Lessons from the Crisis in Venezuela

Watching the political developments of the past decade, it seems like one of the major disadvantages that people on the left have is that they are generally less willing to put people at risk than people to their right. We can see this in the debates over the various “Eurexit” movements: for right populists, the sense of reclaiming national sovereignty far outweighs any immediate harm that leaving the Euro causes. On the other hand, even using the threat of a Grexit as a bargaining chip against the Germans was too rich for the blood of Tsipras’ left wing government in Greece, something that the region’s neofascist party wouldn’t have batted an eye at. Forced to decide between placating their German creditors or facing harsher punishments, the new Marxist government caved.

The question is, could things in Greece could have turned out better? Many political observers would stipulate that, for any emerging left-wing movement, political successes won’t necessarily lead to success on subsequent fronts, whether in policy or the economy; and whether we’re talking about the political movements of Sanders, Mélenchon, or Corbyn, et al, there’s always the grim possibility that any political or electoral victory for the left will ultimately be pyrrhic. For those most cynical about the chances of left wing populism, Venezuela’s acute and enduring problems are proof positive that any redistributionist project is doomed from the start.

It would be the simplest thing to look at Venezuela as a cautionary tale of the unavoidable disasters that await any leftist government that opposes neoliberalism. In this light one could almost argue that Greece, in being coerced into accepting crushing reforms by the Germans, was saved from an even worse fate—namely, the inflation, riots, and constitutional crisis that was the inevitable result of allowing socialists to control policy in Venezuela. As superficial as this take is (many of the problems in Venezuela predate Chavismo, and the problems specific to country, such as reliance on oil exports, aren’t necessarily translatable to the problems of other kinds of economies), most of the discussion of the fractured government’s struggles and excesses seems to fail to dig any deeper than that. Outside of government-funded media outlets like TeleSUR, and smaller independent left-wing media, the consensus is with former president Obama that Venezuela is a uniquely corrupt, oppressive country—but compared to what? Mexico? Brazil? Egypt?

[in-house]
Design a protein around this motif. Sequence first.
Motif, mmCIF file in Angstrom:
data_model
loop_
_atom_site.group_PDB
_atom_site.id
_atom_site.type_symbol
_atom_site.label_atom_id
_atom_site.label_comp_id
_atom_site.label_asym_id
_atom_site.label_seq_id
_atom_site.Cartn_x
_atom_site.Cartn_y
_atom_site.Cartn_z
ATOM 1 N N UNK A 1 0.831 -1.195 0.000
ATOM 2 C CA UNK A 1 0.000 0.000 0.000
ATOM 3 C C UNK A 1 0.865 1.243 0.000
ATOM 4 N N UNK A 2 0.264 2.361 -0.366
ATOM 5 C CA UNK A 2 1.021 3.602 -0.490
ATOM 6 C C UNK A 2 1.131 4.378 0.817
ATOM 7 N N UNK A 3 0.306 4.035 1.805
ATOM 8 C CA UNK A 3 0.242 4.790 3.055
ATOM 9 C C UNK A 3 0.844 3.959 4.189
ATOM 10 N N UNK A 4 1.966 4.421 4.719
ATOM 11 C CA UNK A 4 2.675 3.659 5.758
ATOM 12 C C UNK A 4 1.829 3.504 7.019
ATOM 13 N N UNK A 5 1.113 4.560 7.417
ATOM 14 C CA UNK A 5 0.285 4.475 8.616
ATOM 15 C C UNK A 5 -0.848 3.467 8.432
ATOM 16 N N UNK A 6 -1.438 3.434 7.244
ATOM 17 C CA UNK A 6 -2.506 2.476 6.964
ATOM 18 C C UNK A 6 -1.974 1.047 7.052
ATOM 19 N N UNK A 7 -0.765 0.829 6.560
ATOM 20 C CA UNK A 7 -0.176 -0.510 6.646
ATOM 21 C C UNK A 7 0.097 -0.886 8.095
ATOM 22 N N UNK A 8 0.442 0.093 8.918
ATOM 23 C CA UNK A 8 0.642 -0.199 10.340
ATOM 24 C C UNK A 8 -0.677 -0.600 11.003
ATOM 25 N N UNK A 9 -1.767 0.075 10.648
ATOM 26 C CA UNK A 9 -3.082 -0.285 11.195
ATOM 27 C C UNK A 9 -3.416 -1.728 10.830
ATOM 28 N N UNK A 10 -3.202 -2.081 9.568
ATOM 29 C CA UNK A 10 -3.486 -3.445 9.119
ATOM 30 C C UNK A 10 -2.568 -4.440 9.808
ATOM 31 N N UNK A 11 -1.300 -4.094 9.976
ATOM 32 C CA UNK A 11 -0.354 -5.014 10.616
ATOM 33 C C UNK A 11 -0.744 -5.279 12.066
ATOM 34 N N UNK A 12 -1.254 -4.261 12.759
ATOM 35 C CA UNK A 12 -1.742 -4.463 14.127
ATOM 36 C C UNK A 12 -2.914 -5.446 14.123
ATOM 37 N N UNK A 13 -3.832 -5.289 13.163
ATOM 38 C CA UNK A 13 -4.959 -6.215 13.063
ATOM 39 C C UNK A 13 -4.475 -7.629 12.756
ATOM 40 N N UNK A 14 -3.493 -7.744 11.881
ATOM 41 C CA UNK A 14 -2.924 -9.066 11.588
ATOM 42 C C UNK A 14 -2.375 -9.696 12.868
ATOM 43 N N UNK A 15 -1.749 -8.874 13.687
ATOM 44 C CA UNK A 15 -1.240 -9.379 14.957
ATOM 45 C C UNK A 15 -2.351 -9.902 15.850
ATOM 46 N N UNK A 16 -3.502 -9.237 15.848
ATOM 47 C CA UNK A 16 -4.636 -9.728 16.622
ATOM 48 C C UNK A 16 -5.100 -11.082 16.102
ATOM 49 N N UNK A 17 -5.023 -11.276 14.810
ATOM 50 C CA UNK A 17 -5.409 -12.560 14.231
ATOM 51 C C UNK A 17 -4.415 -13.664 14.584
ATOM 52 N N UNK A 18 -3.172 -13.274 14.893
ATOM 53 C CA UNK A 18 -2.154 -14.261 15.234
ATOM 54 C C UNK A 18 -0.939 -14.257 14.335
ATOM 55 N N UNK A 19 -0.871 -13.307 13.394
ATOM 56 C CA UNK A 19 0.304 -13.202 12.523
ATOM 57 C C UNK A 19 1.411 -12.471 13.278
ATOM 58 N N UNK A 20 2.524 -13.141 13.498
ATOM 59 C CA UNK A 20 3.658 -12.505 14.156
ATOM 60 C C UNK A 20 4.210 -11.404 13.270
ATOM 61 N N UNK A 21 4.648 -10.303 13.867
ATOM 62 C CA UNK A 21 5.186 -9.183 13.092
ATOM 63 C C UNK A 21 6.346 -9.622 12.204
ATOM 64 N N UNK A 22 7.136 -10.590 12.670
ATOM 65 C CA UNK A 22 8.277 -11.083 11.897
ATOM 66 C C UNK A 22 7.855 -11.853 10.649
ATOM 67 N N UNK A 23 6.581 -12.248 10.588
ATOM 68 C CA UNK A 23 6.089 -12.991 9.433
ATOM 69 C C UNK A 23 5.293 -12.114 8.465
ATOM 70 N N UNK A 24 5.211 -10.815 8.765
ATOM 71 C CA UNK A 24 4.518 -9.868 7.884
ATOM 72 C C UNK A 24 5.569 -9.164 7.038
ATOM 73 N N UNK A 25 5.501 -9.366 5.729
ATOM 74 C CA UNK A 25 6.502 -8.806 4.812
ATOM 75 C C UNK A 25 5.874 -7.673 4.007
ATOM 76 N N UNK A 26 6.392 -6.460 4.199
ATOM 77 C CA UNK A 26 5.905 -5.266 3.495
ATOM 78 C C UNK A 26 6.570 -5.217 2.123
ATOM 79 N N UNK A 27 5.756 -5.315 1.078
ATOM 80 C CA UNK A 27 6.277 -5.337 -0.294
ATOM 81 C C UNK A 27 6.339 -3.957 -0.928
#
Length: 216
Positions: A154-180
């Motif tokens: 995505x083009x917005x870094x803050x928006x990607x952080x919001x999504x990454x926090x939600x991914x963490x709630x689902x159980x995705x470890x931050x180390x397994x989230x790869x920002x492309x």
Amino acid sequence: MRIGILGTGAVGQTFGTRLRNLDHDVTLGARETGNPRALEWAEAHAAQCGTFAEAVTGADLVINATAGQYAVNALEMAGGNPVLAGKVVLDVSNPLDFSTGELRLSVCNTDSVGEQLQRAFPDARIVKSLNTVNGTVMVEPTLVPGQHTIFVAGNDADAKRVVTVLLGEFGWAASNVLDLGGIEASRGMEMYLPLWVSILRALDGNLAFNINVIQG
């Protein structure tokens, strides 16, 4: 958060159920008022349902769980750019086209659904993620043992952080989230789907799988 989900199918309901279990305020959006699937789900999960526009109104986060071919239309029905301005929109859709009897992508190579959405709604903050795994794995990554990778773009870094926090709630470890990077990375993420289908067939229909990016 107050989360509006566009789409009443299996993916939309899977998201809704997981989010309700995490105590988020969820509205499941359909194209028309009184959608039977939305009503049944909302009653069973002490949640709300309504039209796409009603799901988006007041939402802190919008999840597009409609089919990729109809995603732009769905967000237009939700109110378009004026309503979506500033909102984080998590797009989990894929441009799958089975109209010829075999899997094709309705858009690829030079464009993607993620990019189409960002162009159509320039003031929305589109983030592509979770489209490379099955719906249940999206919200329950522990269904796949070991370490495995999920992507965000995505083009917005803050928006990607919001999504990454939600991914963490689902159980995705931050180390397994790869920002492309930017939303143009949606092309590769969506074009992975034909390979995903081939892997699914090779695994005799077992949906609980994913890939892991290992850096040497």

What I find bothersome about the standard line isn’t that there’s nothing to critique. There is no doubt that there has been economic mismanagement, particularly with attempts to control the currency, and many problems, such as capital flight and a burgeoning black market, which probably should have been anticipated as a response to the new regulatory burdens. This is the harsh truth that any redistributionist movement needs to take into account, as economic conservatives and libertarians are constantly telling us: one must take into account not just the goals of a policy, but also any unintended consequences. One must also be prepared to face the many powerful actors who want you to fail.

Which brings me to what bothers me about the Washington Consensus, which is how self-justifying it is, given that the rhetoric against Chavismo both coincides with and justifies our constant intrigues against the government. The US has spent millions on this, with multiple coup attempts and continual efforts to undermine the country. This has also aligned us with a violent opposition that has routinely committed terrorist acts against government workers and supporters of the Bolivarian Revolution. The group we are supporting in the country, which represents an (understandably) angry middle class as well as the merchants who have been deliberately withholding goods from the stores—going as far as paying farmworkers not to work—shares at least half of the blame for both the shortages and the political violence that has exploded the country.

Our crocodile tears about what’s happening in Venezuela has little to do with concerns about their constitutional process or political repression, and have almost everything to do with the fact that Chavez nationalized major sectors of the economy, many of them belonging to US interests, and in particular the nation’s oil reserves, which was used to greatly alleviate poverty. Any pretense that we care about democracy in the global south is entirely in bad faith, since we’ve been undermining their institutions for decades. The circular thinking of the Obamas and Merkels of the world would seem to be that any effort taken to sabotage or punish governments and economies that fail to do what European and North American capitalists want them to do is, some how, for their own good. These prescriptions serve a double function of punishing disobedient states and, when the “punishment” succeeds, demonstrating the “self-evident” wisdom of obeying their northern masters.

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